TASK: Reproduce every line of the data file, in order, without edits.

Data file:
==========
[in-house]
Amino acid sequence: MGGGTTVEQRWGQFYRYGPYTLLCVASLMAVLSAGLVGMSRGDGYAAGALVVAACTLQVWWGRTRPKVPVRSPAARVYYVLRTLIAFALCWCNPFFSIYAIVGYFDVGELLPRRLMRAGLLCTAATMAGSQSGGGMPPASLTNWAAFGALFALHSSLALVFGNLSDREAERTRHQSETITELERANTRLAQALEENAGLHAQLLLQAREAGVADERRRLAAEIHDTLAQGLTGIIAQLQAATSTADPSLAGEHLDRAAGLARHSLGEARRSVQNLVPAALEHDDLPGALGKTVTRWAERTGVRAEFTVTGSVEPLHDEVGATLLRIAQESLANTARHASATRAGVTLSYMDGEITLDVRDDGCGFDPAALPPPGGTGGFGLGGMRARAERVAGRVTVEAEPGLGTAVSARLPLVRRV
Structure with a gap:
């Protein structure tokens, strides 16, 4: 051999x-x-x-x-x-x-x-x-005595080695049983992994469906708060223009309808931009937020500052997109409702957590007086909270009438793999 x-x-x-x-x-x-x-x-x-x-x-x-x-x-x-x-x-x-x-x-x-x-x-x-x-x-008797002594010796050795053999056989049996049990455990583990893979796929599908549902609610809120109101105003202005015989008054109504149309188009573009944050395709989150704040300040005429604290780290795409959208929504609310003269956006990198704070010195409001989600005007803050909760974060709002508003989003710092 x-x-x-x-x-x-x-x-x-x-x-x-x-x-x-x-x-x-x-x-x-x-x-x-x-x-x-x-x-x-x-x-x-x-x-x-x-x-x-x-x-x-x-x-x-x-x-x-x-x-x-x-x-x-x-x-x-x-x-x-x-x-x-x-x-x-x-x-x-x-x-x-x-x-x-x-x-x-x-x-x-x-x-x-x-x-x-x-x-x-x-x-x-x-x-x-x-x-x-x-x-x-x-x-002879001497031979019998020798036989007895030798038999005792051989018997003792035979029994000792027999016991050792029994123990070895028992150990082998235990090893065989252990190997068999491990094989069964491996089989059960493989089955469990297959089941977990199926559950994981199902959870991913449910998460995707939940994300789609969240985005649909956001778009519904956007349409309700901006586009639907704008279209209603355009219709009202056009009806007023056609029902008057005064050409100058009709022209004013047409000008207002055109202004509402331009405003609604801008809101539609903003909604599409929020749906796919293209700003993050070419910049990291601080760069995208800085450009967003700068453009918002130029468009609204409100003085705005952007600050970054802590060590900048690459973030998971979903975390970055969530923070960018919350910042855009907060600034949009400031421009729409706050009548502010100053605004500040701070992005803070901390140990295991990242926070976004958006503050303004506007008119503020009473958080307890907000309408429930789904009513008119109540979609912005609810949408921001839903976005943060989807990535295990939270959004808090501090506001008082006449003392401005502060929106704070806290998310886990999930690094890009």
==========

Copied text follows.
[in-house]
Amino acid sequence: MGGGTTVEQRWGQFYRYGPYTLLCVASLMAVLSAGLVGMSRGDGYAAGALVVAACTLQVWWGRTRPKVPVRSPAARVYYVLRTLIAFALCWCNPFFSIYAIVGYFDVGELLPRRLMRAGLLCTAATMAGSQSGGGMPPASLTNWAAFGALFALHSSLALVFGNLSDREAERTRHQSETITELERANTRLAQALEENAGLHAQLLLQAREAGVADERRRLAAEIHDTLAQGLTGIIAQLQAATSTADPSLAGEHLDRAAGLARHSLGEARRSVQNLVPAALEHDDLPGALGKTVTRWAERTGVRAEFTVTGSVEPLHDEVGATLLRIAQESLANTARHASATRAGVTLSYMDGEITLDVRDDGCGFDPAALPPPGGTGGFGLGGMRARAERVAGRVTVEAEPGLGTAVSARLPLVRRV
Structure with a gap:
């Protein structure tokens, strides 16, 4: 051999x-x-x-x-x-x-x-x-005595080695049983992994469906708060223009309808931009937020500052997109409702957590007086909270009438793999 x-x-x-x-x-x-x-x-x-x-x-x-x-x-x-x-x-x-x-x-x-x-x-x-x-x-008797002594010796050795053999056989049996049990455990583990893979796929599908549902609610809120109101105003202005015989008054109504149309188009573009944050395709989150704040300040005429604290780290795409959208929504609310003269956006990198704070010195409001989600005007803050909760974060709002508003989003710092 x-x-x-x-x-x-x-x-x-x-x-x-x-x-x-x-x-x-x-x-x-x-x-x-x-x-x-x-x-x-x-x-x-x-x-x-x-x-x-x-x-x-x-x-x-x-x-x-x-x-x-x-x-x-x-x-x-x-x-x-x-x-x-x-x-x-x-x-x-x-x-x-x-x-x-x-x-x-x-x-x-x-x-x-x-x-x-x-x-x-x-x-x-x-x-x-x-x-x-x-x-x-x-x-002879001497031979019998020798036989007895030798038999005792051989018997003792035979029994000792027999016991050792029994123990070895028992150990082998235990090893065989252990190997068999491990094989069964491996089989059960493989089955469990297959089941977990199926559950994981199902959870991913449910998460995707939940994300789609969240985005649909956001778009519904956007349409309700901006586009639907704008279209209603355009219709009202056009009806007023056609029902008057005064050409100058009709022209004013047409000008207002055109202004509402331009405003609604801008809101539609903003909604599409929020749906796919293209700003993050070419910049990291601080760069995208800085450009967003700068453009918002130029468009609204409100003085705005952007600050970054802590060590900048690459973030998971979903975390970055969530923070960018919350910042855009907060600034949009400031421009729409706050009548502010100053605004500040701070992005803070901390140990295991990242926070976004958006503050303004506007008119503020009473958080307890907000309408429930789904009513008119109540979609912005609810949408921001839903976005943060989807990535295990939270959004808090501090506001008082006449003392401005502060929106704070806290998310886990999930690094890009």